NewsCovering Colorado


Colorado data shows steady downward trajectory in COVID-19 cases

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Posted at 10:44 AM, Jan 26, 2021
and last updated 2021-01-26 14:52:57-05

COLORADO SPRINGS — Gov. Jared Polis is providing an update on the state's response to COVID-19 Tuesday afternoon.

News5 is carrying this on air and online scheduled to begin at 12 p.m.

The governor began the press conference with the update that `1 in 115 Coloradans are believed to contagious with COVID-19.

Dr. Rachel Herlihy, state epidemiologist, broke down how the state's COVID-19 data is impacted by vaccine rollouts. The state is currently seeing a steady downward trajectory over the last two weeks and a similar trajectory is being seen across the country. In comparison, Colorado currently has fewer COVID-19 cases than most other states.

Polis said the state is still waiting on vaccine supplies and referenced President Joe Biden's goal of administering 100 million shots by the end of his first 100 days in office. During Biden's remarks over his vaccination plan, Biden also said he plans to use the Defense Production Act to work with private industry to accelerate the making of materials needed to supply and administer the vaccines, from tubes and syringes to protective equipment.

Polis encouraged the 70-and-older population to not be discouraged if they are waiting to receive a vaccine and that they will be able to get the vaccine when available. Earlier this month, the governor announced he was informed about the lack of federal reserve for the second doses and there is no influx of doses "contrary" to what they were told. During that press conference, Polis outlined the vaccine anticipation for the next few weeks in the state:

  • Jan. 18-24 = 77,950 doses
  • Jan. 25-31 = 77,950 doses
  • Feb. 1-7 = 90,000-100,000 doses

Polis said he is confident the current levels of supplies will be maintained and the state is practicing "real-time management" with vaccines to ensure people receive the second dose as recommended.

About half of all vaccine doses go to Colorado hospital systems, with 20% going through community health clinics, 20% through local public health agencies and 10% through retail pharmacies, which are helping vaccinate nursing homes.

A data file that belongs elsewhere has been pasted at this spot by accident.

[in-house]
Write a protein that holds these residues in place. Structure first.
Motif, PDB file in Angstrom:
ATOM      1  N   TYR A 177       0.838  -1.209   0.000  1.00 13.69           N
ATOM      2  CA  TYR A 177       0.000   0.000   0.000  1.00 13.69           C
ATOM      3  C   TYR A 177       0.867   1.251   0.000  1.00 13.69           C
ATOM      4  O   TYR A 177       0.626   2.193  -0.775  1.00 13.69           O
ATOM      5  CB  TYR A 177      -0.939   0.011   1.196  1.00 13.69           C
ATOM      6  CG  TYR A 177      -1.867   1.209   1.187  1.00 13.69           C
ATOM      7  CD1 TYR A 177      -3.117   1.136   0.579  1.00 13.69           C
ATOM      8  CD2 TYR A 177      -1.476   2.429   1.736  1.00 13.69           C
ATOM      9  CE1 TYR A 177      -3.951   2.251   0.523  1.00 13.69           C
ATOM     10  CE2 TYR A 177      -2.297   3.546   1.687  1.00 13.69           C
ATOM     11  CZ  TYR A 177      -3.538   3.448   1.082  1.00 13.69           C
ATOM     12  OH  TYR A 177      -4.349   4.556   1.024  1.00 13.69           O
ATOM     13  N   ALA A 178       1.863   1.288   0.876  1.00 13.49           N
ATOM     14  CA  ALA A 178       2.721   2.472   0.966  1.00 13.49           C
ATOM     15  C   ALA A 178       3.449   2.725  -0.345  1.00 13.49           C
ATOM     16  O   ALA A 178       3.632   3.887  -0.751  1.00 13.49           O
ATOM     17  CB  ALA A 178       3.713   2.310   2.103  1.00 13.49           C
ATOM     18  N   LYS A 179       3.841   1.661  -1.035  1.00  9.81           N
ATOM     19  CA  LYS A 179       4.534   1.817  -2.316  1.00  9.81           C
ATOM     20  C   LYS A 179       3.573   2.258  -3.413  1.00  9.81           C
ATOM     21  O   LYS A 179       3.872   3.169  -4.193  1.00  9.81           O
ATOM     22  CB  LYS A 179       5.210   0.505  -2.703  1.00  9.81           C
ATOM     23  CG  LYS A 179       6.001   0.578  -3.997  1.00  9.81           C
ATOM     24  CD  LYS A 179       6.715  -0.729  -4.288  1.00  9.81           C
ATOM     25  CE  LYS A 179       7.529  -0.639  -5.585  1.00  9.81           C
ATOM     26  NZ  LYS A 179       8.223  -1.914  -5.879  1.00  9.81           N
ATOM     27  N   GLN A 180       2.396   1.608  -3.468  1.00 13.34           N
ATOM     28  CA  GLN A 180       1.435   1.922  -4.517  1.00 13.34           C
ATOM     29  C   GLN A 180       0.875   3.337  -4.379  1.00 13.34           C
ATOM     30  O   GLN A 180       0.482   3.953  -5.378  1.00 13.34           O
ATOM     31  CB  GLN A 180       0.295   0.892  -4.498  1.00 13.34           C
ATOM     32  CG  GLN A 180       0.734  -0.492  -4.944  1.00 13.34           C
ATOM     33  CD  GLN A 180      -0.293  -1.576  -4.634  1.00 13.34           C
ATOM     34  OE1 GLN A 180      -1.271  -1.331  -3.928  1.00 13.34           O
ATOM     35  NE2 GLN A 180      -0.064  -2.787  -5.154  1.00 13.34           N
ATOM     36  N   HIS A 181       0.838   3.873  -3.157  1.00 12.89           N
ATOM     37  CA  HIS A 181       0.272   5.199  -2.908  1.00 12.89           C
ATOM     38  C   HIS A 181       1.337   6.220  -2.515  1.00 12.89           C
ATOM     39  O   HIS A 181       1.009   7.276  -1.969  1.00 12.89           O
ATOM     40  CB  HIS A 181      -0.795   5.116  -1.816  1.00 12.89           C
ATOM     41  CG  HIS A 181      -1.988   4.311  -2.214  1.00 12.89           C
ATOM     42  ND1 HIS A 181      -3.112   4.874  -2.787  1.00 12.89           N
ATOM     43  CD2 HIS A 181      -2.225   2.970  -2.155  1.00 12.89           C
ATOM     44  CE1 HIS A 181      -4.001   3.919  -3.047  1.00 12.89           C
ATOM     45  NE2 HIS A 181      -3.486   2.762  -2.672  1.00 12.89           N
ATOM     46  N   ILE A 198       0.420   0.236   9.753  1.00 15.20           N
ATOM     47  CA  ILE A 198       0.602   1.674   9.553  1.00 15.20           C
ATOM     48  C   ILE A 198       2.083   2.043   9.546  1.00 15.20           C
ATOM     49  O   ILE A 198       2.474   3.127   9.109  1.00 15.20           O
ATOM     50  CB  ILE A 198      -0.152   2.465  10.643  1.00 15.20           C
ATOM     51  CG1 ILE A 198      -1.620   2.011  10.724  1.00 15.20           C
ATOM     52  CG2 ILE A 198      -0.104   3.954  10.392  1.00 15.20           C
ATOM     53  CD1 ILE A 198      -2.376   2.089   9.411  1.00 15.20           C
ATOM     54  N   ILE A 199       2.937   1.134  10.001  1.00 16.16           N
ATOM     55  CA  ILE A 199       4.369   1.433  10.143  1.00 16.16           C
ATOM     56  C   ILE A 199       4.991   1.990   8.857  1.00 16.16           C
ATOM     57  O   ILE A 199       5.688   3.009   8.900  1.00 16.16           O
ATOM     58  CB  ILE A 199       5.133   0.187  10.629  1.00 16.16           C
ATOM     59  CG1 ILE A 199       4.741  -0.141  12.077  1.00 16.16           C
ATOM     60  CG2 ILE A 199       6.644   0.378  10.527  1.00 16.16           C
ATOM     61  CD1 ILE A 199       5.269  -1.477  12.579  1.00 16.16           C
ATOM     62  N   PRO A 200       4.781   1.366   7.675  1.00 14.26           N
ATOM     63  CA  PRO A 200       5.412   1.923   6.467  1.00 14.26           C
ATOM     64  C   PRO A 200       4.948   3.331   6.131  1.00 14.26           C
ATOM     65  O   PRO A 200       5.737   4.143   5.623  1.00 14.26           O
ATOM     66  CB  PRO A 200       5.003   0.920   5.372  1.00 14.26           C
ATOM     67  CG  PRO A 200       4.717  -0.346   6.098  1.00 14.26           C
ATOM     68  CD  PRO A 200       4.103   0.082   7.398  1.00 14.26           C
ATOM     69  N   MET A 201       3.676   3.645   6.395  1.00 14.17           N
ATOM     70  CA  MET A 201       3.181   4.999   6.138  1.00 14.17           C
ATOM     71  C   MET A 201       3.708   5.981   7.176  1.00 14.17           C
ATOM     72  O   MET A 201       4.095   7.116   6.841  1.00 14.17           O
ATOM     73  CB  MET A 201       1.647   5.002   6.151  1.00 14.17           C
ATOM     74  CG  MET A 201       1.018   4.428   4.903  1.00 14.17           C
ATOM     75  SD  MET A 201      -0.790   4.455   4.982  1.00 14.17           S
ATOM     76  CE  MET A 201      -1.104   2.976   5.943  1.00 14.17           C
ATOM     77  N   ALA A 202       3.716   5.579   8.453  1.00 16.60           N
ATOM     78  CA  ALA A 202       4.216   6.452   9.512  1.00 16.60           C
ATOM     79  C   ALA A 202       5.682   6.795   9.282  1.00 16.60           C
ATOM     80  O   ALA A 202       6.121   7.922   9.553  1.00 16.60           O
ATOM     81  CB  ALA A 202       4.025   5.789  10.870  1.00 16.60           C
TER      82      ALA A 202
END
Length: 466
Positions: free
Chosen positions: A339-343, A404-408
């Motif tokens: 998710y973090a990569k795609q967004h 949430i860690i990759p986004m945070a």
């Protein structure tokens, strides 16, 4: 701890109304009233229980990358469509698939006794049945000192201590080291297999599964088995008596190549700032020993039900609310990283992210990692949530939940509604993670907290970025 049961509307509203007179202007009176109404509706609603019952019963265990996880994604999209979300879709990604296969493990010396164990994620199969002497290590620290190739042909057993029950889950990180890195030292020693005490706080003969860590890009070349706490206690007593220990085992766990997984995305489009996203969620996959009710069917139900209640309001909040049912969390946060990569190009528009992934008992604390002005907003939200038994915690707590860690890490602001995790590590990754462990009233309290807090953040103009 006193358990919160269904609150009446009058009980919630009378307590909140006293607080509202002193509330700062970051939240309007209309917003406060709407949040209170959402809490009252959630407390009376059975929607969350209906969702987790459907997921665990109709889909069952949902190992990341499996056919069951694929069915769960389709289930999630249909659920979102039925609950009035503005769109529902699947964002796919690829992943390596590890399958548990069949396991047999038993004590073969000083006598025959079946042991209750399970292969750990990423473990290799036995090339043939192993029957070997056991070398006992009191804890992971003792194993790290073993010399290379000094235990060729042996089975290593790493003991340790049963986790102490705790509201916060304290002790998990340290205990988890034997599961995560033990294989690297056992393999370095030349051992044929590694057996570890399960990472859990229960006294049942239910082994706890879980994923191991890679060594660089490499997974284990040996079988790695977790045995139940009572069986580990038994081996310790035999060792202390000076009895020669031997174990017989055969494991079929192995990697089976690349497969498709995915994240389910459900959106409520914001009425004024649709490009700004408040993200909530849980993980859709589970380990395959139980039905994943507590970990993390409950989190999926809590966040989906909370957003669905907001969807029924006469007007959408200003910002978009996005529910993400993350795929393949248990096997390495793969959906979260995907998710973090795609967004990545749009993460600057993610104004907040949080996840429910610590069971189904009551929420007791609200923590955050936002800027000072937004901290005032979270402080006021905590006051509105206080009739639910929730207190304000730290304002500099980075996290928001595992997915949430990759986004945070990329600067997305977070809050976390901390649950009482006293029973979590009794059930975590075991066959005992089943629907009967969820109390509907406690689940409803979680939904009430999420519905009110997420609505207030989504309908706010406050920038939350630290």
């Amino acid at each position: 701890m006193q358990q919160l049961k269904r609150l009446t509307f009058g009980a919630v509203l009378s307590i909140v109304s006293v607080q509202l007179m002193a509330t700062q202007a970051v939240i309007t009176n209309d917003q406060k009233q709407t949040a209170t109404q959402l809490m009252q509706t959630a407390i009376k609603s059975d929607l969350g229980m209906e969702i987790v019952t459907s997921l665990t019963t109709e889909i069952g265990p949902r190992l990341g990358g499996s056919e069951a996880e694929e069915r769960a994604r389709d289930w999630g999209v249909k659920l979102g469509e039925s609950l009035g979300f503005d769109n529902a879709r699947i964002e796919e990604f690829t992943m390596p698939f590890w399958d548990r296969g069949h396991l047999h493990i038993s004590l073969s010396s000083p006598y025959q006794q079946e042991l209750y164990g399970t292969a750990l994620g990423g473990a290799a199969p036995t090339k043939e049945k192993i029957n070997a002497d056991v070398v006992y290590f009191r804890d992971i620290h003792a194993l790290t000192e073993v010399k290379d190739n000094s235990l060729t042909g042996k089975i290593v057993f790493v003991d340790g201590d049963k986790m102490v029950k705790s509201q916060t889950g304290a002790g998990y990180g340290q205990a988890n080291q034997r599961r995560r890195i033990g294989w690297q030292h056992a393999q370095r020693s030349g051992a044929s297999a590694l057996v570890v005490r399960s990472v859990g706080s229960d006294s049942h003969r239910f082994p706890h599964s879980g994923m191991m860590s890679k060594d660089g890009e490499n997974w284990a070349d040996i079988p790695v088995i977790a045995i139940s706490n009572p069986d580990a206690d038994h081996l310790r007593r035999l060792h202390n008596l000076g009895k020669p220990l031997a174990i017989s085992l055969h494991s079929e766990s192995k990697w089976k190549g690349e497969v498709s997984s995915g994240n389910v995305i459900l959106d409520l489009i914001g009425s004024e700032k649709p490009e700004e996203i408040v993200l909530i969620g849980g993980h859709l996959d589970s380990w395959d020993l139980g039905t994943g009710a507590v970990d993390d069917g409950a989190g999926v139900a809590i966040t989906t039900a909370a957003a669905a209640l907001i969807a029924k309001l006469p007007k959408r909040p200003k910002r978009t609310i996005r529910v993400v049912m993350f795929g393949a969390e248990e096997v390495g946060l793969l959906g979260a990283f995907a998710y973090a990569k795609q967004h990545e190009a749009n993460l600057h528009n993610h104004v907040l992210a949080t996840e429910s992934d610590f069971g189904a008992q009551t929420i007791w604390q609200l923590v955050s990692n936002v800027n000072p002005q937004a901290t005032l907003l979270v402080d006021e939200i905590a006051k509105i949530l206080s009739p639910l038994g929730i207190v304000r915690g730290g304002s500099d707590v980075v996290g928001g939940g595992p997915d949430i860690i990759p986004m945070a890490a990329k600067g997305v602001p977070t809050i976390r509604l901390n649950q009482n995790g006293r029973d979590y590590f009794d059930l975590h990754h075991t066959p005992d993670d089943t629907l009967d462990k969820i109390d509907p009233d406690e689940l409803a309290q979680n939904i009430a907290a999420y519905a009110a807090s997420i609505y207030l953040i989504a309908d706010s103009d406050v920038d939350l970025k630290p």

The governor said the state is 85% done with vaccinating those in Phase 1A.

Herlihy presented data on the state's transmission control level, showing the introduction of vaccines will help "save lives over time." She said if the state maintains a 78% transmission control can minimize the number of deaths that occur over time as a result of COVID-19.

She also mentioned the COVID-19 variant, B.1.1.7 strain, does not currently show an impact on vaccine efficacy, but if it becomes widespread it can impact hospitalizations. The B.1.1.7 strain was first discovered in the United Kingdom in late 2020. While the strain is not thought to be deadlier than other forms of COVID-19, the strain is known to spread more rapidly and more easily than the original strain of the virus. Click here to learn more about the variant. She said there have been 10 cases identified in the state.

In response to a question regarding the state's dial, Polis said it is anticipated the dial will wind down late spring/early summer.

This follows his press conference Polis urged providers to offer phone lines for vaccination information to serve the older population in Colorado. He shared information on vaccine hotlines across the state that Coloradans can use to find more information. For those numbers, click here.

The Colorado Department of Public Health presented a vaccine access map to determine where they can increase efforts and identify areas where pop-up clinics would be to increase accessibility. Dr. Jill Hunsaker Ryan, executive director of CDPHE, reiterated the vaccine is free and everyone has access regardless of immigration status.
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